Share Email Print

Proceedings Paper

Development of a miniature coaxial pulse tube cryocooler for a space-borne infrared detector system
Author(s): H. Z. Dang; L. B. Wang; Y. N. Wu; K. X. Yang; W. B. Shen
Format Member Price Non-Member Price
PDF $17.00 $21.00

Paper Abstract

A single-stage miniature coaxial pulse tube cryocooler prototype is developed to provide reliable low-noise cooling for an infrared detector system to be equipped in the future space mission. The challenging work is the exacting requirement on its dimensions due to the given miniature Dewar. The limited dimensions result in the insufficiency of the phaseshifting ability of the system when inertance tubes alone are employed. A larger filling pressure of 3.5 Mpa and higher operating frequency up to 70 Hz are adopted to increase the energy density, which compensates for the decrease in working gas volume due to the miniature structure, and realize a fast cool down process. A 1.5 kg dual opposed linear compressor based on flexure bearing and moving magnet technology is used to realize light weight, high efficiency and low contamination. The design and optimization are based on the theoretical CFD model developed by the analyses of thermodynamic behaviors of gas parcels in the oscillating flow. This paper describes the design approach and trade-offs. The cooler performance and characteristics are presented.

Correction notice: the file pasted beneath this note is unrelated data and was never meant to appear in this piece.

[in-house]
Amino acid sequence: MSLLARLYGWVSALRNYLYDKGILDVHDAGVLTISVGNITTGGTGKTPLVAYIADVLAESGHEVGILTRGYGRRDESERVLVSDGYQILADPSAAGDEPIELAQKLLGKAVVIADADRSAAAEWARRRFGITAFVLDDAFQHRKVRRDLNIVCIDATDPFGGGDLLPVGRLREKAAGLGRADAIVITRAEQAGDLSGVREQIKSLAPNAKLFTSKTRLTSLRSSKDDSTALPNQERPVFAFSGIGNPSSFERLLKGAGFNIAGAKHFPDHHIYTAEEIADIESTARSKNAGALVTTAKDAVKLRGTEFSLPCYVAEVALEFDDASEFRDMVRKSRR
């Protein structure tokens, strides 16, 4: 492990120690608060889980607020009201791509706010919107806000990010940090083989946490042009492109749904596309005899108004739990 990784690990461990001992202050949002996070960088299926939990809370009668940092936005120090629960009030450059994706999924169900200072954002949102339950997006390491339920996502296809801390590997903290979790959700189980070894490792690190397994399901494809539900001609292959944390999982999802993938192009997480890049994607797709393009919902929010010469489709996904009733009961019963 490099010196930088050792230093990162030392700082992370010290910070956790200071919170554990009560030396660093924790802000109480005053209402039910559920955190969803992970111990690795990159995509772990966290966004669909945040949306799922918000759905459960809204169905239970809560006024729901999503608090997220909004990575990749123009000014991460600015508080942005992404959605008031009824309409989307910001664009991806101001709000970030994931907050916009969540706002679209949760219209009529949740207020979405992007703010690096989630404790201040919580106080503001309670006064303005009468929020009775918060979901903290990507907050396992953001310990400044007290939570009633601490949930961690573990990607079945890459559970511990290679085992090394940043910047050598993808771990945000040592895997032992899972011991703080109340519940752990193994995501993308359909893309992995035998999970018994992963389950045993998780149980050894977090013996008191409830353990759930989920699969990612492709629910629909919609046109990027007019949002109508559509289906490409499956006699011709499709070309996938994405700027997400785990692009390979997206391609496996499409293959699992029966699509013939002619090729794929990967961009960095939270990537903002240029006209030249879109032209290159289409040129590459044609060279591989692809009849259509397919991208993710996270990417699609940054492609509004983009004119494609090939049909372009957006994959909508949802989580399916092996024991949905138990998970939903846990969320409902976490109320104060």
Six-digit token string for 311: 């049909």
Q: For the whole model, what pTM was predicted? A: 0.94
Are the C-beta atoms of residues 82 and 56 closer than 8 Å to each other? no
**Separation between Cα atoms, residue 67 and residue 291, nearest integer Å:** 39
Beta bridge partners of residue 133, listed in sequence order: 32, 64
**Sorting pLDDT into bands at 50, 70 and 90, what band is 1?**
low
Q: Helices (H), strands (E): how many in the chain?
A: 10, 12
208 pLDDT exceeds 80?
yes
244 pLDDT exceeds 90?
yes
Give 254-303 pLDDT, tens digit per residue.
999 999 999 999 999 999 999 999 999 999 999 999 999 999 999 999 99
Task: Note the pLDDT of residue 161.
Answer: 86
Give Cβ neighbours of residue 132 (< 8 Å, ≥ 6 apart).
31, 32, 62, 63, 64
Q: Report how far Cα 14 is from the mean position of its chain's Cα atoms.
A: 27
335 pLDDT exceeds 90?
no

Paper Details

Date Published: 3 May 2010
PDF: 7 pages
Proc. SPIE 7660, Infrared Technology and Applications XXXVI, 76602Q (3 May 2010); doi: 10.1117/12.850075
Show Author Affiliations
H. Z. Dang, Shanghai Institute of Technical Physics (China)
L. B. Wang, Shanghai Institute of Technical Physics (China)
Y. N. Wu, Shanghai Institute of Technical Physics (China)
K. X. Yang, Shanghai Institute of Technical Physics (China)
W. B. Shen, Shanghai Institute of Technical Physics (China)

Published in SPIE Proceedings Vol. 7660:
Infrared Technology and Applications XXXVI
Bjørn F. Andresen; Gabor F. Fulop; Paul R. Norton, Editor(s)

© SPIE. Terms of Use
Back to Top
Sign in to read the full article
Create a free SPIE account to get access to
premium articles and original research
Forgot your username?